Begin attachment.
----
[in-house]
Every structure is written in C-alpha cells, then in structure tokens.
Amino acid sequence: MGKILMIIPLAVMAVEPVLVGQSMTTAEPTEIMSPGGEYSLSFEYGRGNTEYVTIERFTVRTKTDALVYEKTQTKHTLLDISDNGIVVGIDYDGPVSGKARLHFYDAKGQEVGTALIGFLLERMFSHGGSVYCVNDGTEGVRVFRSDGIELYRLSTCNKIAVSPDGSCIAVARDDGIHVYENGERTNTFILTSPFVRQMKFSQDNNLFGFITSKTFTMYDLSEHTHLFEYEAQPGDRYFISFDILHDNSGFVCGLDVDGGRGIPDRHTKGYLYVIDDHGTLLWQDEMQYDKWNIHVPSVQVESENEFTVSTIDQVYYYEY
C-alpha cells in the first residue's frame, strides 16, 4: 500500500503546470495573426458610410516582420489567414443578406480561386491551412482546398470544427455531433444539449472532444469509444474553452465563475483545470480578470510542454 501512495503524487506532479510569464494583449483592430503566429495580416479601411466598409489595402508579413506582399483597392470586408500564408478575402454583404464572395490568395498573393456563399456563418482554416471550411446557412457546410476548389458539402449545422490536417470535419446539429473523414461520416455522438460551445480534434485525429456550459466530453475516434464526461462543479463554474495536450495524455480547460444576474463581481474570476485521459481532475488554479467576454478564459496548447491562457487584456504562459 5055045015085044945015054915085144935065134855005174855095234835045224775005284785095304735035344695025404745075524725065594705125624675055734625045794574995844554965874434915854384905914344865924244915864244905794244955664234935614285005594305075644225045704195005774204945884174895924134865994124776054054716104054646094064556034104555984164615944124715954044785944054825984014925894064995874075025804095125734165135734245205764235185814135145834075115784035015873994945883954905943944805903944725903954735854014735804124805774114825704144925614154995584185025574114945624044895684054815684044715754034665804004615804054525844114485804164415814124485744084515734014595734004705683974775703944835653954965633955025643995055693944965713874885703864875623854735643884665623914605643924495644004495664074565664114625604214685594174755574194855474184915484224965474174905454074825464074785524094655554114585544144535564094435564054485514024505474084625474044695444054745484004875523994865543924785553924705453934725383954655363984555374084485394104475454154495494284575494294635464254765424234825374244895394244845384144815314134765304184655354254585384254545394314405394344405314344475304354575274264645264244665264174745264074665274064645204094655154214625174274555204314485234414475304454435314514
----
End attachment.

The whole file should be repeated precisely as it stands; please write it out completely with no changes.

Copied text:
[in-house]
Every structure is written in C-alpha cells, then in structure tokens.
Amino acid sequence: MGKILMIIPLAVMAVEPVLVGQSMTTAEPTEIMSPGGEYSLSFEYGRGNTEYVTIERFTVRTKTDALVYEKTQTKHTLLDISDNGIVVGIDYDGPVSGKARLHFYDAKGQEVGTALIGFLLERMFSHGGSVYCVNDGTEGVRVFRSDGIELYRLSTCNKIAVSPDGSCIAVARDDGIHVYENGERTNTFILTSPFVRQMKFSQDNNLFGFITSKTFTMYDLSEHTHLFEYEAQPGDRYFISFDILHDNSGFVCGLDVDGGRGIPDRHTKGYLYVIDDHGTLLWQDEMQYDKWNIHVPSVQVESENEFTVSTIDQVYYYEY
C-alpha cells in the first residue's frame, strides 16, 4: 500500500503546470495573426458610410516582420489567414443578406480561386491551412482546398470544427455531433444539449472532444469509444474553452465563475483545470480578470510542454 501512495503524487506532479510569464494583449483592430503566429495580416479601411466598409489595402508579413506582399483597392470586408500564408478575402454583404464572395490568395498573393456563399456563418482554416471550411446557412457546410476548389458539402449545422490536417470535419446539429473523414461520416455522438460551445480534434485525429456550459466530453475516434464526461462543479463554474495536450495524455480547460444576474463581481474570476485521459481532475488554479467576454478564459496548447491562457487584456504562459 5055045015085044945015054915085144935065134855005174855095234835045224775005284785095304735035344695025404745075524725065594705125624675055734625045794574995844554965874434915854384905914344865924244915864244905794244955664234935614285005594305075644225045704195005774204945884174895924134865994124776054054716104054646094064556034104555984164615944124715954044785944054825984014925894064995874075025804095125734165135734245205764235185814135145834075115784035015873994945883954905943944805903944725903954735854014735804124805774114825704144925614154995584185025574114945624044895684054815684044715754034665804004615804054525844114485804164415814124485744084515734014595734004705683974775703944835653954965633955025643995055693944965713874885703864875623854735643884665623914605643924495644004495664074565664114625604214685594174755574194855474184915484224965474174905454074825464074785524094655554114585544144535564094435564054485514024505474084625474044695444054745484004875523994865543924785553924705453934725383954655363984555374084485394104475454154495494284575494294635464254765424234825374244895394244845384144815314134765304184655354254585384254545394314405394344405314344475304354575274264645264244665264174745264074665274064645204094655154214625174274555204314485234414475304454435314514